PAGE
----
Proposal to raise funds for public access to Martin’s Beach did not go far enough, according to Gov. Brown.
SACRAMENTO — Proposals to allow experimental fishing permits and raise funds for public access to a Northern California beach were vetoed by Gov. Jerry Brown in early October. California’s top executive, however, did sign a bill into law calling for the creation of a Spiny Lobster Commission.
The series of vetoes and approvals came as California’s current legislative calendar nears its end; Brown has been reviewing approved bills since Oct. 1.
Senate Bill 42
Brown’s veto of Senate Bill 42 (SB 42) comes at an interesting time. The bill sought to launch a fundraising campaign to help California raise enough money to create an easement through Martin’s Beach near the San Francisco Bay Area – only weeks after a state appeals court ruled the owner of private beachfront property there must allow coastal access to the public.
State Sen. Jerry Hill introduced SB 42 in December 2016. The bill specifically proposed to create a Martin’s Beach subaccount, which would collect funds to help create a public access route and right-of-way easement through a beachfront property owned by billionaire entrepreneur Vinod Khosla.
Access to a stretch of beach adjacent to Khosla’s property, which is located just south of Half Moon Bay, had been the center of a legal and political battle in recent years. Khosla had blocked access to the coast at his property, demanding the state pay him millions of dollars to re-open the beach to the public.
At the heart of the matter is California’s Coastal Act, which has been used to maintain public access to any waterway in the state.
SB 42, Hill hoped, would help address the conflict by allowing the State Lands Commission to use up to $1 million in raised funds to acquire a public easement to Martin’s Beach.
Brown’s veto message stated SB 42 limits the state’s options in its quest to provide public access to the coast.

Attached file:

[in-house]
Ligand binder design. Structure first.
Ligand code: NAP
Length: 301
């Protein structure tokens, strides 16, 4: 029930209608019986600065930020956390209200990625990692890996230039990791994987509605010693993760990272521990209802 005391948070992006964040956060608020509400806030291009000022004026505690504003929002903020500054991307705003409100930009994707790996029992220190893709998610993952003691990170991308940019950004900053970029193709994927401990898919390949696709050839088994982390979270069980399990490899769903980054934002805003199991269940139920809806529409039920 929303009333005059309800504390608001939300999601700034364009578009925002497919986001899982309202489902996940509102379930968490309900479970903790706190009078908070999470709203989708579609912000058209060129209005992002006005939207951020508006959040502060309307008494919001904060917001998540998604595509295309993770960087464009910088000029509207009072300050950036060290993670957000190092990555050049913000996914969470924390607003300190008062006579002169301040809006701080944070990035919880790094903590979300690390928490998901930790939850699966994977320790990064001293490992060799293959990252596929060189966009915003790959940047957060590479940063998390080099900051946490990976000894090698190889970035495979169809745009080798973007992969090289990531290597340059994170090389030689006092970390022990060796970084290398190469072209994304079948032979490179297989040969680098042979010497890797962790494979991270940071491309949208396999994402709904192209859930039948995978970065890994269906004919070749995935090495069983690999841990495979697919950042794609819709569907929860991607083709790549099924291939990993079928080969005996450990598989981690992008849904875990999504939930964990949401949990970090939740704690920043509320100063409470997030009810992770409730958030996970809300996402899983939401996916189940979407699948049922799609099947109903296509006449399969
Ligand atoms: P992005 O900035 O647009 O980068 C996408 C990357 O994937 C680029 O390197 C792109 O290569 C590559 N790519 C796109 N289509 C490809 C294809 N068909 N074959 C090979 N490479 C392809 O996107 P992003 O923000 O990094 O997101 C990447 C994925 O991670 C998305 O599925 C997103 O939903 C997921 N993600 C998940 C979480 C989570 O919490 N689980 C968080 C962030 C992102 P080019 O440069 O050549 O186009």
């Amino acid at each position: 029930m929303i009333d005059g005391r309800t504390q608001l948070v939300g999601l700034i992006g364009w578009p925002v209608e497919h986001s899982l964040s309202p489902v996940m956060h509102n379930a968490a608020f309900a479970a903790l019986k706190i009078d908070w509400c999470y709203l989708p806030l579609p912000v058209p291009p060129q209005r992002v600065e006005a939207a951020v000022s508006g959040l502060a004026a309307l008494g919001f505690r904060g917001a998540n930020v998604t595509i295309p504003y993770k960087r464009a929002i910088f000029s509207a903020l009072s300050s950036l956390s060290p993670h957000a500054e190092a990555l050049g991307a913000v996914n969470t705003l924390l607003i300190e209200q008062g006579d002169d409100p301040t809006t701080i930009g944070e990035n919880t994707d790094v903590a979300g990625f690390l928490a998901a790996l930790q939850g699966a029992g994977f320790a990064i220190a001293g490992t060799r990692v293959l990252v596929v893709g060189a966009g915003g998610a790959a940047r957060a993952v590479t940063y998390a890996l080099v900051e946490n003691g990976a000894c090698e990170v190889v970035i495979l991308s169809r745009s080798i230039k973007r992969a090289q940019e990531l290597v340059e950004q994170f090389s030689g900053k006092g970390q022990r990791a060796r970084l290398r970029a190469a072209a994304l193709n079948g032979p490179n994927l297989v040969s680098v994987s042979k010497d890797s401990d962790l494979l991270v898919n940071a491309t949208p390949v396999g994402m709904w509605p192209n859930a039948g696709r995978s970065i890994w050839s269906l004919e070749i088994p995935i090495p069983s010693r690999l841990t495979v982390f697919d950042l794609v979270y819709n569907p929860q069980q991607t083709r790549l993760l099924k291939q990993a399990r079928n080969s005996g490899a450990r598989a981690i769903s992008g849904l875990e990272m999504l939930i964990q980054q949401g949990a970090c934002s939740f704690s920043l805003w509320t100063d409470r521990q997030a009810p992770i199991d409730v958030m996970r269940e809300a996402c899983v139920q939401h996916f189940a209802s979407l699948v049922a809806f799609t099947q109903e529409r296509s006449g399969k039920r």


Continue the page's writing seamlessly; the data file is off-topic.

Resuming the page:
“As drafted the bill does not meet the author’s intent. This bill precludes the use of eminent domain in this instance and limits the state’s options,” Brown stated in his veto message. “Public access to our state beaches and parks is a core value to this state and must be protected. Here, however, the public’s right to access Martin’s Beach will be determined in further judicial and administrative proceedings.”
The bill first cleared the State Senate by a 28-11 vote in May. Assembly members approved an amended version SB 42 by a 57-20 vote in early September; senators adopted the updated bill by a 28-12 vote on Sept. 11, allowing SB 42 to move forward to the governor’s desk.
Assembly Bill 1228
The governor also returned Assembly Bill 1228 (AB 1228) to the legislature, stating the proposal is duplicative and would create certain unfunded requirements on the Fish and Game Commission.
AB 1228, introduced by Assembly member Richard Bloom, would have authorized the Fish and Game Commission to approve experimental fishing permits. The approved permits would have permitted the Department of Fish and Wildlife to authorize commercial or recreational fishing activity otherwise prohibited by law.